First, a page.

Keep The Peace And Stay Connected During Back To School

Depending on where you live, the back to school season is right around the corner, and it can be stressful for parents and kids alike — and the pressure to get the academic year off to a good start doesn’t give couples much time to focus on their relationships. But what can you do? After all, there are folders to buy, backpacks to pack, and new schedules to organize, and the chaos can last for weeks. With these 3 strategies, though, you can give your relationship the attention it deserves, even when covering textbooks and planning lunches is eating up all of your time.

Create A Common Routine

One reason that back to school is so hard on kids and parents alike is that it shakes up the routine. This may not seem like a big deal on the surface since summer tends to be relatively unstructured in a lot of families, but it’s a much bigger concern than you might think. Start the year right by developing a whole-family routine covering everything from breakfast to bedtime, and include grown-up time in that daily schedule. Routines help your kids develop greater independence, thereby allowing you to spend more time with your partner, even if that’s doing the dishes together or talking after the kids go to bed.

Co-Parent Consistently

We tend to worry most about the division of childcare when the kids are little, but back to school tends to strain adult relationships precisely because it can highlight unequal sharing of domestic responsibilities. This is a good time to ensure that you’re coparenting consistently, which means jointly attending school events and conferences whenever possible, sharing in meal prep, and generally distributing responsibilities so that no one feels overextended.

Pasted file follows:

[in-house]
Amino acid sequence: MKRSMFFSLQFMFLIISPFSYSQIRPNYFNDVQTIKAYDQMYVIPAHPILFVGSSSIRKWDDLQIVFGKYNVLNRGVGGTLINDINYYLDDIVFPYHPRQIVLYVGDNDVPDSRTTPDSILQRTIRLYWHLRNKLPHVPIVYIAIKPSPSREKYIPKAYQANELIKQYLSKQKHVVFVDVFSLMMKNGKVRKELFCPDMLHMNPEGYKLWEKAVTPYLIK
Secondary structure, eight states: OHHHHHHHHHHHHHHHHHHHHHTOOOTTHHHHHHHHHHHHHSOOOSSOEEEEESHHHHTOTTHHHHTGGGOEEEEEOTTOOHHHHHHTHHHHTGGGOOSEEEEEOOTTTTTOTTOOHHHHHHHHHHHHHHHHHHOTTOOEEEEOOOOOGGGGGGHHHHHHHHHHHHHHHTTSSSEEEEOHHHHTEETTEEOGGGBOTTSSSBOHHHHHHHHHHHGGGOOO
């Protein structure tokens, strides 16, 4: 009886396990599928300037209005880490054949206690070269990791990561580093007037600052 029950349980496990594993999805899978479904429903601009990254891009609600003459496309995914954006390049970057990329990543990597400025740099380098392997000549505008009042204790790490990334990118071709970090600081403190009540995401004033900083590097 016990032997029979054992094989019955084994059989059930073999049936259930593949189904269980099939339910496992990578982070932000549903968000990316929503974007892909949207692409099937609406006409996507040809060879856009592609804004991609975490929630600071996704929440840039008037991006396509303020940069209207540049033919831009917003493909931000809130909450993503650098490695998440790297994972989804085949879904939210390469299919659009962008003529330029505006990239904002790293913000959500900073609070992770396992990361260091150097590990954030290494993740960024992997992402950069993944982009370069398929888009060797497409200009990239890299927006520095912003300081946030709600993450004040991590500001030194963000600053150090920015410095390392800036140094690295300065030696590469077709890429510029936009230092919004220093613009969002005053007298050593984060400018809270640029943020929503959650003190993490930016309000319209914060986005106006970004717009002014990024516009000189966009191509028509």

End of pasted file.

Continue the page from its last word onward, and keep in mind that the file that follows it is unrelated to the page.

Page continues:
The division of responsibilities doesn’t have to be perfectly 50/50, but it should reflect a shared commitment to keeping things running smoothly. Plus, working together shows your children that you’re a team, which means fewer attempts to play you off each other to try to get what they want.

Don’t Expect Perfection

Finally, as you get back into the swing of things, don’t expect perfection — from yourself, your partner, or the kids. That’s how you end up stressed and fighting. Know that things will get forgotten, that the store won’t have the right crayons, and dinner will burn, and all of that is okay. So when something goes, let it go and order takeout. As we’ve talked about before, kids are happiest when their parents are happy. Stressing about a forgotten notebook or burnt broccoli won’t make it better, but modeling distress tolerance will help in the long run.

Building a strong relationship with your partner isn’t always about date nights and back rubs. In fact, most of the time it’s about keeping it real. This back to school season, the best way to connect may just be by carrying the load together. Once you’re back in your routine, then you can start thinking about your next big date, but right now the kids need you focused on this transition, and that’s okay.